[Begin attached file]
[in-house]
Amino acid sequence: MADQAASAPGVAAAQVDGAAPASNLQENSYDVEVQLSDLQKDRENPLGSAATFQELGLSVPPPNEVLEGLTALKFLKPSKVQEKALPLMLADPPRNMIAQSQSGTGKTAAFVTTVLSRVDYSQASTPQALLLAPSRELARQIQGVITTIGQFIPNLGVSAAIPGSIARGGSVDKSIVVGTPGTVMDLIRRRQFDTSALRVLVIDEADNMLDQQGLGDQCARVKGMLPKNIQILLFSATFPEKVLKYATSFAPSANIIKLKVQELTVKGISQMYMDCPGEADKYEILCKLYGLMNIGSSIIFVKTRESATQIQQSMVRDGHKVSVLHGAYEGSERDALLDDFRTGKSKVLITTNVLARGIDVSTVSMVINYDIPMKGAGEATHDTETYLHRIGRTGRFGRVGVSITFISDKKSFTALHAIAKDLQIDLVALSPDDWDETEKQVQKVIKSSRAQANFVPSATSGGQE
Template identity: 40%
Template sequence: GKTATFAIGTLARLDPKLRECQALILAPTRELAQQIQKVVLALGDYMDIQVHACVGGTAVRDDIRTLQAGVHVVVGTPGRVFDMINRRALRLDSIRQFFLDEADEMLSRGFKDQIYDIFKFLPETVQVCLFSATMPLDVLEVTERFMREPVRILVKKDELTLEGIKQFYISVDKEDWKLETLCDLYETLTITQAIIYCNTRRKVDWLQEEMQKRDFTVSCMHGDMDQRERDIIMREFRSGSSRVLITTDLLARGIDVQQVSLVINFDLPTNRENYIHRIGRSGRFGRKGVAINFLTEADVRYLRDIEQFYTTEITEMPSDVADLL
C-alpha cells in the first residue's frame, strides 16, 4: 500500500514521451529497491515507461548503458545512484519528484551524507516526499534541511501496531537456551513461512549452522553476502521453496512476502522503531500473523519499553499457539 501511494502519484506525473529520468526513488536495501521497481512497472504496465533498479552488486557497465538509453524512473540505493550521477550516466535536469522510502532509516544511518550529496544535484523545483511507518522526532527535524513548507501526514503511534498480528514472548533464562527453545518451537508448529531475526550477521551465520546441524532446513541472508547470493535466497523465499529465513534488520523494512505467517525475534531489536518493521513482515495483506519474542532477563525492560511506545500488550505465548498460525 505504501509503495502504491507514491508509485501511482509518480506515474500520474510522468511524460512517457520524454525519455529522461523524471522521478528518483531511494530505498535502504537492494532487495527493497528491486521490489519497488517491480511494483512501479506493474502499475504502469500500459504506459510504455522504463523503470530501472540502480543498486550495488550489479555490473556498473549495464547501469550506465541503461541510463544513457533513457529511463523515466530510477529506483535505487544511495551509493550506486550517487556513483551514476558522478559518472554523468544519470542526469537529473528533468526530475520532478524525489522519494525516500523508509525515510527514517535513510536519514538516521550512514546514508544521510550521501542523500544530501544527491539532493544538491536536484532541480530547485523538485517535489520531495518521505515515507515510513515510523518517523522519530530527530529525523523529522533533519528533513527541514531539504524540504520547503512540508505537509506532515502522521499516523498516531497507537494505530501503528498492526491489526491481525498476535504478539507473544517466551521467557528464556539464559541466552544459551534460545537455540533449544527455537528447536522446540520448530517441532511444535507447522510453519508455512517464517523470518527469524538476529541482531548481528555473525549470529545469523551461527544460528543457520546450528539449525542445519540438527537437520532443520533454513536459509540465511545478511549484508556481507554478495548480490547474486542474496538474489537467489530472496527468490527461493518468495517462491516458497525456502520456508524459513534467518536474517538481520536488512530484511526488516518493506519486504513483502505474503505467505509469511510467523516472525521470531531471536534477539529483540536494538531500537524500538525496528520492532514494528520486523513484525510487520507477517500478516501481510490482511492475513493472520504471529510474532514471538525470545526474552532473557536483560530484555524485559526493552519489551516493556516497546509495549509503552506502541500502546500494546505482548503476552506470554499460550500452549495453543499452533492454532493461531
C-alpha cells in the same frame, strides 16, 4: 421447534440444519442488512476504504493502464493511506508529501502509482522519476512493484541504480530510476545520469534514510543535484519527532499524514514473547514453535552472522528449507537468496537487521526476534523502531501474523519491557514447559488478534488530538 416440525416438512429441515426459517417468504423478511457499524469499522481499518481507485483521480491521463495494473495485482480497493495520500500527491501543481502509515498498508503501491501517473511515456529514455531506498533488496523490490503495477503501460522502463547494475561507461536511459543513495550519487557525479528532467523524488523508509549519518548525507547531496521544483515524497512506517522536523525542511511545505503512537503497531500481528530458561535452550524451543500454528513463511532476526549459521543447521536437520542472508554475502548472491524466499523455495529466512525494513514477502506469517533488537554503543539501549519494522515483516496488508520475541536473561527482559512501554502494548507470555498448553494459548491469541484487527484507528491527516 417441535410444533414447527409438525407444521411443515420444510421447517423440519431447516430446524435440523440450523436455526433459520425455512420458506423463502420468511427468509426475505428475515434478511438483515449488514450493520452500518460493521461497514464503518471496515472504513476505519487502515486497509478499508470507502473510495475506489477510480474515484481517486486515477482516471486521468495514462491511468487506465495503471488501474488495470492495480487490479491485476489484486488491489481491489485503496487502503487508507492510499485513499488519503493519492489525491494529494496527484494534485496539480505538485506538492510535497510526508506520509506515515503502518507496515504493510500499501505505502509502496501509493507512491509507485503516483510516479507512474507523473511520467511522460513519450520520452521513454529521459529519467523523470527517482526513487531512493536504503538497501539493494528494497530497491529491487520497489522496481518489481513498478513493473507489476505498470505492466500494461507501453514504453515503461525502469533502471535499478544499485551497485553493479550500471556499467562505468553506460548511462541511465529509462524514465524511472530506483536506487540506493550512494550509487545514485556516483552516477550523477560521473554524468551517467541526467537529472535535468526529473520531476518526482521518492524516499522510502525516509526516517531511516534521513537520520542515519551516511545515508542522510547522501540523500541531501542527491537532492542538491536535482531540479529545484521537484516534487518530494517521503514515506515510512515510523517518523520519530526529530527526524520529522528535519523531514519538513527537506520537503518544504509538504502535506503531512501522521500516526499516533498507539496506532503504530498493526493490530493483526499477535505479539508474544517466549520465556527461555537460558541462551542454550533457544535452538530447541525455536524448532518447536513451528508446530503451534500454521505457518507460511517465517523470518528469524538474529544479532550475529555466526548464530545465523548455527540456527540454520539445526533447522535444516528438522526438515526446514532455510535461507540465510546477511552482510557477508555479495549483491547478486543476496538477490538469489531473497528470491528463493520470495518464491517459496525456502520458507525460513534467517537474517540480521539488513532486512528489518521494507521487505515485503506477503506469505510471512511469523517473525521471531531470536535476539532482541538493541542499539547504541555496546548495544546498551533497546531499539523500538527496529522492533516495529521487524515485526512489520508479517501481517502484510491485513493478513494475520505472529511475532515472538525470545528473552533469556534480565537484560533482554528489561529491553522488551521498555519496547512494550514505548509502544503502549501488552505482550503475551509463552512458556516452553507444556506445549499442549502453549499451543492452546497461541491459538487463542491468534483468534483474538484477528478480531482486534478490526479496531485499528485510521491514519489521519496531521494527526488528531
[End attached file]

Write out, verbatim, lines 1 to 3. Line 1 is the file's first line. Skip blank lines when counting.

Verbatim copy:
[in-house]
Amino acid sequence: MADQAASAPGVAAAQVDGAAPASNLQENSYDVEVQLSDLQKDRENPLGSAATFQELGLSVPPPNEVLEGLTALKFLKPSKVQEKALPLMLADPPRNMIAQSQSGTGKTAAFVTTVLSRVDYSQASTPQALLLAPSRELARQIQGVITTIGQFIPNLGVSAAIPGSIARGGSVDKSIVVGTPGTVMDLIRRRQFDTSALRVLVIDEADNMLDQQGLGDQCARVKGMLPKNIQILLFSATFPEKVLKYATSFAPSANIIKLKVQELTVKGISQMYMDCPGEADKYEILCKLYGLMNIGSSIIFVKTRESATQIQQSMVRDGHKVSVLHGAYEGSERDALLDDFRTGKSKVLITTNVLARGIDVSTVSMVINYDIPMKGAGEATHDTETYLHRIGRTGRFGRVGVSITFISDKKSFTALHAIAKDLQIDLVALSPDDWDETEKQVQKVIKSSRAQANFVPSATSGGQE
Template identity: 40%